Road Nats in review
After a long and interrupted year due to the COVID19 pandemic, there were times when I honestly didn’t think the 2021 Auscycling Road Nationals were going to go ahead. Yet here I was, slightly sunburnt, exhausted after four 12 hour work days back to back and drinking an ice cold beer in a Ballarat Indian Restaurant*. So how did I get here?
*Shout out to Masala Valley Indian Restaurant. Definitely in my top three Indian restaurants.
The journey started when the Auscycling announcement finally came through. The 2021 Road Nationals will go ahead as planned, albeit delayed by one month from January to February. As un-ideal as this delay was (redesigning training programs to peak one month later), this news was very welcome.
A cycling National Championship of any discipline is always a month long roller coaster as a coach and this year's Road Nationals were no exception. The nerves start about two weeks before as the riders start their taper. Questions start circulating in your head such as “Have we prepared enough?” “Is my rider too fatigued?” “Are they not fatigued enough prior to the taper?” “Am I doing everything in my power to ease any nerves or pressure my rider may be feeling?” These thoughts begin to circulate more and more as the event gets closer until it’s race day, and you have to accept and let go. It’s in the rider’s hands now. Your work is (almost) done.
My nationals journey started with one of my U19’s riders coming down with gastro 48 hours prior to the Individual Time Trial. This rider had been putting in numbers at training that I was quite happy with, however gastro would take the power out of a rhinoceros trying to stomp out a fire. Despite the illness, he rode really well and I couldn’t be more proud.
Day two started with the Team Time Trial. We had been lucky enough to have the opportunity to do some work with the Coburg Cycling Club in the lead up to this event, and they did a great job in putting forward a number of teams and finding the perfect balance between high performance and inclusivity. This day was very successful with a number of teams (including teams containing Kilowatt riders) finding their way onto the podium. This included one of the women’s teams successfully defending their National title. Great work team Coburg!
This trend continued throughout the remainder of the weekend with Kilowatt riders achieving success in the team’s criterium, and representing themselves and us well in the U19 Criterium, Road Race and Gran Fondo. I love the idea of the Nationals Gran Fondo. This event is becoming a yearly fixture to celebrate the rank and file of our sport. Unfortunately many riders were pulled from the course one lap earlier than expected despite being well ahead of the time cut off. This left many riders and coaches disappointed. We hope that next year this is corrected and we get a full race.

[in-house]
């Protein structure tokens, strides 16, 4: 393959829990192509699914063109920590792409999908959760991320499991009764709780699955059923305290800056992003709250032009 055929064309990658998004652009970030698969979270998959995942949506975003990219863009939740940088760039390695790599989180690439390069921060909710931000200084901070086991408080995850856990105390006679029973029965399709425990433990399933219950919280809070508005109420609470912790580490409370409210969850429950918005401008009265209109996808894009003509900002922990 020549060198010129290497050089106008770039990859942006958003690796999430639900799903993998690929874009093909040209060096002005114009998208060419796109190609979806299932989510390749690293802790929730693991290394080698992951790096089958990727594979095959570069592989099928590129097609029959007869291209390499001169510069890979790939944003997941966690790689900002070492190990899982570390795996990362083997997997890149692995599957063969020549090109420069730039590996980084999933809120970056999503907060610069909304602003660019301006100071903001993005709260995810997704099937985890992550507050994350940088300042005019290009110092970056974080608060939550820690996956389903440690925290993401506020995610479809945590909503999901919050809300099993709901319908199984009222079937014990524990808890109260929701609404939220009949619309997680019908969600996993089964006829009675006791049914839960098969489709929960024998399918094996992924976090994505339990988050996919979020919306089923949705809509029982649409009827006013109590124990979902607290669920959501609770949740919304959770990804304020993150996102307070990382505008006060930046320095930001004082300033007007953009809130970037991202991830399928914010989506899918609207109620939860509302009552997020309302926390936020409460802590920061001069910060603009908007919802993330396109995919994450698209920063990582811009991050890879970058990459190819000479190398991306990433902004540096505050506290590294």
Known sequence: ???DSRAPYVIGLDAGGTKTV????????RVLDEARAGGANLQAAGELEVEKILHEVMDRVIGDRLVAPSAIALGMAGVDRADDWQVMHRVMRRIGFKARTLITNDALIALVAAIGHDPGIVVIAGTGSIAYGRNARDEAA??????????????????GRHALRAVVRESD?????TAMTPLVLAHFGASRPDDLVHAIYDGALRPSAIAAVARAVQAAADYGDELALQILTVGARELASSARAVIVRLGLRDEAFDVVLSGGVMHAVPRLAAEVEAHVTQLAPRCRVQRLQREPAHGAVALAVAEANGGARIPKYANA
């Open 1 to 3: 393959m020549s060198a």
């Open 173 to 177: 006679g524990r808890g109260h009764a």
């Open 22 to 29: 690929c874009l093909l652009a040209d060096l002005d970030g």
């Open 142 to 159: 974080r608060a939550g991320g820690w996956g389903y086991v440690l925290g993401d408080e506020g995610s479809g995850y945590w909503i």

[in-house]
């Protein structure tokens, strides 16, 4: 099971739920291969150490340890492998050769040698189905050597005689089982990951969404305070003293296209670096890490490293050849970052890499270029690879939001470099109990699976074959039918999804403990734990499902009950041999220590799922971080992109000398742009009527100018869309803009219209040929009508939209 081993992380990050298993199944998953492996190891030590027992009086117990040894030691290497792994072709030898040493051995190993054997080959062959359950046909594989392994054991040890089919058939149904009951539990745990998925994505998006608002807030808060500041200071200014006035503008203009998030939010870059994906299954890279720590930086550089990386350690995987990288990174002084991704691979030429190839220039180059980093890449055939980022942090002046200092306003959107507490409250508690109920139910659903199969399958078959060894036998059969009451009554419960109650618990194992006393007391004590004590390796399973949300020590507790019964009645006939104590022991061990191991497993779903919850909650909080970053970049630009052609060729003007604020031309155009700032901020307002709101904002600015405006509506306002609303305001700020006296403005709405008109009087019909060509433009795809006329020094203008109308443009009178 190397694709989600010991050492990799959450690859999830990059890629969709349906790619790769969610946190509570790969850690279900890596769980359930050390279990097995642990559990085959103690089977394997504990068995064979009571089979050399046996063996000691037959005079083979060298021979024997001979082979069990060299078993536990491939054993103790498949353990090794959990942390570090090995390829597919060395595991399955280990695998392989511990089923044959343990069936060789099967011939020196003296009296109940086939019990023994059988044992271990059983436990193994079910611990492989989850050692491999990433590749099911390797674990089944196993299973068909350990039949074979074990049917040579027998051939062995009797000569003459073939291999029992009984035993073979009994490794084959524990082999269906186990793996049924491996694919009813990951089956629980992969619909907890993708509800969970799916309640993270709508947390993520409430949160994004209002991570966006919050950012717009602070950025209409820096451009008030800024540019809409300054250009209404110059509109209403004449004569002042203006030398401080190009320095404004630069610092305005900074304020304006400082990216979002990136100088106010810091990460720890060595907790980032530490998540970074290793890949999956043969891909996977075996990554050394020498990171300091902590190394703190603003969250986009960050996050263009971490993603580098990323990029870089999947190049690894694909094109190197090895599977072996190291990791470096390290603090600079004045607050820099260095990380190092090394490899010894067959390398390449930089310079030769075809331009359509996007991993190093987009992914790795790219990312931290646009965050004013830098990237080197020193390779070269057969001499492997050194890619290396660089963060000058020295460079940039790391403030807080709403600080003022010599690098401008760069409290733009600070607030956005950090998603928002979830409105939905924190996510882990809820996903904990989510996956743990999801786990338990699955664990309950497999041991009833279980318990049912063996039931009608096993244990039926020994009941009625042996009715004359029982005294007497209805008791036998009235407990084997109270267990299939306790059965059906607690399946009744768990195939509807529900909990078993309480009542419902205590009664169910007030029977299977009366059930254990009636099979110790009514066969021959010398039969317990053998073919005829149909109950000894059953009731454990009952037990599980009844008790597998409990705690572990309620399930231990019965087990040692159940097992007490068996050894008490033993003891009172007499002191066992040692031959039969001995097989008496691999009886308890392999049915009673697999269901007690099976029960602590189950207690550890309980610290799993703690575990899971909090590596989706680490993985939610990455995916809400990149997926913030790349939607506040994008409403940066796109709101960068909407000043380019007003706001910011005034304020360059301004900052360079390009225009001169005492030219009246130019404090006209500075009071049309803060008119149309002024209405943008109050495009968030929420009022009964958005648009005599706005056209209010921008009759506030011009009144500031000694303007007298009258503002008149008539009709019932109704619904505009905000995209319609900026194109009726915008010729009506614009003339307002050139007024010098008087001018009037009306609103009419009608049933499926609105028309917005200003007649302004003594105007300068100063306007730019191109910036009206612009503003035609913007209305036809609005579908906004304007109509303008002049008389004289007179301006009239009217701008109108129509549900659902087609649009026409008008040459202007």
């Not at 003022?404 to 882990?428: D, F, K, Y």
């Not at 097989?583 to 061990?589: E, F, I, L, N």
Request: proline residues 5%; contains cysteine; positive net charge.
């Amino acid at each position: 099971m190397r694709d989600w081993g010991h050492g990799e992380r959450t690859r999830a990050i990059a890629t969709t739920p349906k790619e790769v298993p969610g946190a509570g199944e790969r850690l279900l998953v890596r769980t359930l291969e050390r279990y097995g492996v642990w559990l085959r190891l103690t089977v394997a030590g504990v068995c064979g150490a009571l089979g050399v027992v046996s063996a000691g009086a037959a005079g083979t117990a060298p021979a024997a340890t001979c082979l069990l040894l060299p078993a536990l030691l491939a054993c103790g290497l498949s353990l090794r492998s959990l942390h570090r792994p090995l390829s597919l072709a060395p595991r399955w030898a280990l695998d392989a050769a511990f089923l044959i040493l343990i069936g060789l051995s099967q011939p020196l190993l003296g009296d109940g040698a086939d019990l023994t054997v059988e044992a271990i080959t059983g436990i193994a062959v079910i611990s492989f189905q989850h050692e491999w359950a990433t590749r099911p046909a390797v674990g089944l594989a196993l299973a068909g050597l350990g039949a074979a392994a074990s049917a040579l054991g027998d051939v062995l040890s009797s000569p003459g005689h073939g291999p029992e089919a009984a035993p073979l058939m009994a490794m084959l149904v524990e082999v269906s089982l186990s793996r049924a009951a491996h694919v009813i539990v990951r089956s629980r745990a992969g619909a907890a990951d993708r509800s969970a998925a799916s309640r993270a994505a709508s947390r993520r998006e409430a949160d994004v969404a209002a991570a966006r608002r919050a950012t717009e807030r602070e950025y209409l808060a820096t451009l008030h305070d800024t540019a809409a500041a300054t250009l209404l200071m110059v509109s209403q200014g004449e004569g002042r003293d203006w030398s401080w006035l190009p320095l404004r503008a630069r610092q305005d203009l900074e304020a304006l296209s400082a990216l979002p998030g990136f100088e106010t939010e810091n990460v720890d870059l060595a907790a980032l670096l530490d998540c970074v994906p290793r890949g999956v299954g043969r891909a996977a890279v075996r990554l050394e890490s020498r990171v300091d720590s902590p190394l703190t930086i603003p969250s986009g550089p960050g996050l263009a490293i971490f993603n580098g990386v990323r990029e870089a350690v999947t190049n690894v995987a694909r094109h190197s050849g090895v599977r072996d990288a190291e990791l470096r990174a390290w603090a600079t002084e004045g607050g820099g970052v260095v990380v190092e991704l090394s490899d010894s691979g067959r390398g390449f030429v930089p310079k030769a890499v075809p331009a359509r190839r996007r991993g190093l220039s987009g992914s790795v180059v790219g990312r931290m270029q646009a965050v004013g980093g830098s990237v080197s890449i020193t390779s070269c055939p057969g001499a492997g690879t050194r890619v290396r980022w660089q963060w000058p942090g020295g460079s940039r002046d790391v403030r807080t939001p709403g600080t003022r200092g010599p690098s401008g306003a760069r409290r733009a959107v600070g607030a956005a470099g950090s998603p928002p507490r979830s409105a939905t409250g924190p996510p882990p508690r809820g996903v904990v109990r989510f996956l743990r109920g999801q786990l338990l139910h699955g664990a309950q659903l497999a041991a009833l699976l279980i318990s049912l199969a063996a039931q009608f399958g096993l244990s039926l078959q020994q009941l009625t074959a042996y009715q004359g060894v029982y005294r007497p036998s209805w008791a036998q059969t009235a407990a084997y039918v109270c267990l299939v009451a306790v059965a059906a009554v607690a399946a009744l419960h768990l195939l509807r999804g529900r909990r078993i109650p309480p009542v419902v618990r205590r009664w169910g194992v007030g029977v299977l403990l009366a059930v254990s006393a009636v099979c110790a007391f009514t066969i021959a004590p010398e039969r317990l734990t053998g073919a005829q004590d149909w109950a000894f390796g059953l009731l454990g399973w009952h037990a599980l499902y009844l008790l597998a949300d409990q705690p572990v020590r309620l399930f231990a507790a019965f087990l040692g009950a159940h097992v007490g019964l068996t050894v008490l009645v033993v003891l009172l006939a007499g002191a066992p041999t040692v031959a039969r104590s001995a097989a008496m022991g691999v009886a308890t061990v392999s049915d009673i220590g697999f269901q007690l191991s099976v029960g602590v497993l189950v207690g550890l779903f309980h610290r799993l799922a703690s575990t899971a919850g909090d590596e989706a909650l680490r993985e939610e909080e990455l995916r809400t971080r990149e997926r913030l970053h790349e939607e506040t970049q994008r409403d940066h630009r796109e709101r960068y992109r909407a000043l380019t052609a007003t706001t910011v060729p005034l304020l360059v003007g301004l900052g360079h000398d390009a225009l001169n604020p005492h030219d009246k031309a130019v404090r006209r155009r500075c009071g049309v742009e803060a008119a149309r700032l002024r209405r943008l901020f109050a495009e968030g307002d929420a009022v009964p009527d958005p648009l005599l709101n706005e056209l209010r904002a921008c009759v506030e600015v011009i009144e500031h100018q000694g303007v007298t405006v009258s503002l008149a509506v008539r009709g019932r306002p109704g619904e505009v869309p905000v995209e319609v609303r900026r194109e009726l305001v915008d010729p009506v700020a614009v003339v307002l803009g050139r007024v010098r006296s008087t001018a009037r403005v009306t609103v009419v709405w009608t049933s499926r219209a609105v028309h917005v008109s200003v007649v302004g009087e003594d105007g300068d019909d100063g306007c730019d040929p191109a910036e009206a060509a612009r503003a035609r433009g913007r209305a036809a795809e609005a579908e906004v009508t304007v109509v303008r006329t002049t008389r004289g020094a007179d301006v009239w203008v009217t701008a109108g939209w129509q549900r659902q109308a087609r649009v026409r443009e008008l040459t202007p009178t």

The end of the Nationals rollercoaster is always the reflection. I believe that in order to be a good coach, you must continually evaluate your own performance whether that be from a victory or a loss. This is how you grow and improve. Sometimes you have to ask yourself some hard questions and be brutal in the honesty of your answer. Ironically, this is actually my favourite part of any big race campaign. It is where I make the biggest leaps as a coach. I look forward to the reflection after key racing targets. Reflection does taste sweeter when it comes off the back of success though, I will admit.
My final thoughts on the Auscycling Road Nationals 2021 is this. At the conclusion of every rider’s Nationals campaign, every rider I coach - whether in victory, defeat or gastro - had a big smile on their face and was happy to be a part of the event (and on a bicycle). Sometimes as riders and coaches we get so bogged down on the result of a race that we forget the real reason we do this. Yes, winning a big race feels fantastic, and losing when you feel you shouldn’t leaves a bitter taste, but a smile can bring you back to reality. Coaching is as much about wins and losses as it is about building strong relationships with people. For the majority of us, riding our bicycle isn’t our job, but it is our identity, and the fact that these riders place their trust in me to nurture that identity and help progress that identity is the greatest gift. I love what I do. It is as much a passion as it is an occupation.
Three Peaks is this coming weekend, and we have a strong Kilowatt contingent ready to tackle the slopes of the alpine region. I can’t wait to see their smiles as they finish!